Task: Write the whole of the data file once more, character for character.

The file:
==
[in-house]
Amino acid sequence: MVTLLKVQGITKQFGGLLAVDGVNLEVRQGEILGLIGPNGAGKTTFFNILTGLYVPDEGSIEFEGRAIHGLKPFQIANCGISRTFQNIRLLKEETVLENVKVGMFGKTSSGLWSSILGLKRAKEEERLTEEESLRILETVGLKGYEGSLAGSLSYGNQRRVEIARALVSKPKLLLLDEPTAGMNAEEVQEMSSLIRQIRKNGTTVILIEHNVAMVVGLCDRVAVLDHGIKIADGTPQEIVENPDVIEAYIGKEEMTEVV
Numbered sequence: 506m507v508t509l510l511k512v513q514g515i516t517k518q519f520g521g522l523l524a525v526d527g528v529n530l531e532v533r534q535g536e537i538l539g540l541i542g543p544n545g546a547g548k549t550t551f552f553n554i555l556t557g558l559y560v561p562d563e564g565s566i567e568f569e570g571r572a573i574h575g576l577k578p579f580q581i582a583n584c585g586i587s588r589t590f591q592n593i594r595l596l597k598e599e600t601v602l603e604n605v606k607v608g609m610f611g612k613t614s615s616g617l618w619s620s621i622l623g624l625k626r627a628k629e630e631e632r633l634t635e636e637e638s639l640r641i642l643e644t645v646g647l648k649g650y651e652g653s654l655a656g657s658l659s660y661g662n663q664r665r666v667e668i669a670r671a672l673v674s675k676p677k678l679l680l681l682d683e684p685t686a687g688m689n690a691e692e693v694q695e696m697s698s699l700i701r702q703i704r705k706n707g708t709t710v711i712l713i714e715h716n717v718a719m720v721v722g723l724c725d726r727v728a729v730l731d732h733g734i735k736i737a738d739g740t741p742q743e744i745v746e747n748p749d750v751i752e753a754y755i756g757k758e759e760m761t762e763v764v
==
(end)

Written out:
[in-house]
Amino acid sequence: MVTLLKVQGITKQFGGLLAVDGVNLEVRQGEILGLIGPNGAGKTTFFNILTGLYVPDEGSIEFEGRAIHGLKPFQIANCGISRTFQNIRLLKEETVLENVKVGMFGKTSSGLWSSILGLKRAKEEERLTEEESLRILETVGLKGYEGSLAGSLSYGNQRRVEIARALVSKPKLLLLDEPTAGMNAEEVQEMSSLIRQIRKNGTTVILIEHNVAMVVGLCDRVAVLDHGIKIADGTPQEIVENPDVIEAYIGKEEMTEVV
Numbered sequence: 506m507v508t509l510l511k512v513q514g515i516t517k518q519f520g521g522l523l524a525v526d527g528v529n530l531e532v533r534q535g536e537i538l539g540l541i542g543p544n545g546a547g548k549t550t551f552f553n554i555l556t557g558l559y560v561p562d563e564g565s566i567e568f569e570g571r572a573i574h575g576l577k578p579f580q581i582a583n584c585g586i587s588r589t590f591q592n593i594r595l596l597k598e599e600t601v602l603e604n605v606k607v608g609m610f611g612k613t614s615s616g617l618w619s620s621i622l623g624l625k626r627a628k629e630e631e632r633l634t635e636e637e638s639l640r641i642l643e644t645v646g647l648k649g650y651e652g653s654l655a656g657s658l659s660y661g662n663q664r665r666v667e668i669a670r671a672l673v674s675k676p677k678l679l680l681l682d683e684p685t686a687g688m689n690a691e692e693v694q695e696m697s698s699l700i701r702q703i704r705k706n707g708t709t710v711i712l713i714e715h716n717v718a719m720v721v722g723l724c725d726r727v728a729v730l731d732h733g734i735k736i737a738d739g740t741p742q743e744i745v746e747n748p749d750v751i752e753a754y755i756g757k758e759e760m761t762e763v764v